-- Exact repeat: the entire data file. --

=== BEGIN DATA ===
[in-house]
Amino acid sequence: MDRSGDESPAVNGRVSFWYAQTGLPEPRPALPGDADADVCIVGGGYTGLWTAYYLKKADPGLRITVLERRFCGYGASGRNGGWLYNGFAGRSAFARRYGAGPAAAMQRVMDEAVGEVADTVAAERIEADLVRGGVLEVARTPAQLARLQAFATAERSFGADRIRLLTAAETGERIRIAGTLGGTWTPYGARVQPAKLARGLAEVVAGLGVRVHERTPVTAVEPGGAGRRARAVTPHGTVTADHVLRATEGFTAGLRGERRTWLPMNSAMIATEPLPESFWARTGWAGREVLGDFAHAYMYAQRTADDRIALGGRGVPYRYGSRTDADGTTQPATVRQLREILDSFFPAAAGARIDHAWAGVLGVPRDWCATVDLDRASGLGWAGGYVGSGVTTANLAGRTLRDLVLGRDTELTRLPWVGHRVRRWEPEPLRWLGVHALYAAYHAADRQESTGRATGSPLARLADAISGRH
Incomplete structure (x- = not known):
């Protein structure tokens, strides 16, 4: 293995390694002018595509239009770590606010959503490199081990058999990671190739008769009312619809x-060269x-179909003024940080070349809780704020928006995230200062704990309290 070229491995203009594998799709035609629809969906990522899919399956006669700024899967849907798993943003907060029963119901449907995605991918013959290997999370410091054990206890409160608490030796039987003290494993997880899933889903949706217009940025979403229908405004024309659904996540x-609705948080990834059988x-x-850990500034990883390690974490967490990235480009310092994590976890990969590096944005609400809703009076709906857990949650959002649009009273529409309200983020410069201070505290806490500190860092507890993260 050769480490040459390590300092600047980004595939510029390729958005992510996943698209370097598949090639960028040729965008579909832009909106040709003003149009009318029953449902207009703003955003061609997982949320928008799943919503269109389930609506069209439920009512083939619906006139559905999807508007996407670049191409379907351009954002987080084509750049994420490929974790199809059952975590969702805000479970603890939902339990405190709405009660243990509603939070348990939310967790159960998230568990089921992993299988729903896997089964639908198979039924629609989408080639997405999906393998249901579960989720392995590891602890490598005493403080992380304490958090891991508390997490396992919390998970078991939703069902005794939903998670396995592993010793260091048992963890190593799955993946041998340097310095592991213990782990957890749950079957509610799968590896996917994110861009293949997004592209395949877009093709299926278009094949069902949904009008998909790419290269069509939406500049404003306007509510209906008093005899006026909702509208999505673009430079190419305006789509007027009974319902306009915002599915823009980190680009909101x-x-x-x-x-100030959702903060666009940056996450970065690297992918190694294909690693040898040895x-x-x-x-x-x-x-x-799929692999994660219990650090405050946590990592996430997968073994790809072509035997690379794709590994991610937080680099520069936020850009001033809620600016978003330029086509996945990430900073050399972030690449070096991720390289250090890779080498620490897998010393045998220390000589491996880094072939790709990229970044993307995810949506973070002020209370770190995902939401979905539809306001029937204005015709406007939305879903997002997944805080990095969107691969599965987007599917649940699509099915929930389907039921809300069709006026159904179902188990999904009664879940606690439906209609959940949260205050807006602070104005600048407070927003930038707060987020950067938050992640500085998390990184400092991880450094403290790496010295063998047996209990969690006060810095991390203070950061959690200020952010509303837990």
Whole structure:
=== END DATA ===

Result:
[in-house]
Amino acid sequence: MDRSGDESPAVNGRVSFWYAQTGLPEPRPALPGDADADVCIVGGGYTGLWTAYYLKKADPGLRITVLERRFCGYGASGRNGGWLYNGFAGRSAFARRYGAGPAAAMQRVMDEAVGEVADTVAAERIEADLVRGGVLEVARTPAQLARLQAFATAERSFGADRIRLLTAAETGERIRIAGTLGGTWTPYGARVQPAKLARGLAEVVAGLGVRVHERTPVTAVEPGGAGRRARAVTPHGTVTADHVLRATEGFTAGLRGERRTWLPMNSAMIATEPLPESFWARTGWAGREVLGDFAHAYMYAQRTADDRIALGGRGVPYRYGSRTDADGTTQPATVRQLREILDSFFPAAAGARIDHAWAGVLGVPRDWCATVDLDRASGLGWAGGYVGSGVTTANLAGRTLRDLVLGRDTELTRLPWVGHRVRRWEPEPLRWLGVHALYAAYHAADRQESTGRATGSPLARLADAISGRH
Incomplete structure (x- = not known):
């Protein structure tokens, strides 16, 4: 293995390694002018595509239009770590606010959503490199081990058999990671190739008769009312619809x-060269x-179909003024940080070349809780704020928006995230200062704990309290 070229491995203009594998799709035609629809969906990522899919399956006669700024899967849907798993943003907060029963119901449907995605991918013959290997999370410091054990206890409160608490030796039987003290494993997880899933889903949706217009940025979403229908405004024309659904996540x-609705948080990834059988x-x-850990500034990883390690974490967490990235480009310092994590976890990969590096944005609400809703009076709906857990949650959002649009009273529409309200983020410069201070505290806490500190860092507890993260 050769480490040459390590300092600047980004595939510029390729958005992510996943698209370097598949090639960028040729965008579909832009909106040709003003149009009318029953449902207009703003955003061609997982949320928008799943919503269109389930609506069209439920009512083939619906006139559905999807508007996407670049191409379907351009954002987080084509750049994420490929974790199809059952975590969702805000479970603890939902339990405190709405009660243990509603939070348990939310967790159960998230568990089921992993299988729903896997089964639908198979039924629609989408080639997405999906393998249901579960989720392995590891602890490598005493403080992380304490958090891991508390997490396992919390998970078991939703069902005794939903998670396995592993010793260091048992963890190593799955993946041998340097310095592991213990782990957890749950079957509610799968590896996917994110861009293949997004592209395949877009093709299926278009094949069902949904009008998909790419290269069509939406500049404003306007509510209906008093005899006026909702509208999505673009430079190419305006789509007027009974319902306009915002599915823009980190680009909101x-x-x-x-x-100030959702903060666009940056996450970065690297992918190694294909690693040898040895x-x-x-x-x-x-x-x-799929692999994660219990650090405050946590990592996430997968073994790809072509035997690379794709590994991610937080680099520069936020850009001033809620600016978003330029086509996945990430900073050399972030690449070096991720390289250090890779080498620490897998010393045998220390000589491996880094072939790709990229970044993307995810949506973070002020209370770190995902939401979905539809306001029937204005015709406007939305879903997002997944805080990095969107691969599965987007599917649940699509099915929930389907039921809300069709006026159904179902188990999904009664879940606690439906209609959940949260205050807006602070104005600048407070927003930038707060987020950067938050992640500085998390990184400092991880450094403290790496010295063998047996209990969690006060810095991390203070950061959690200020952010509303837990």
Whole structure: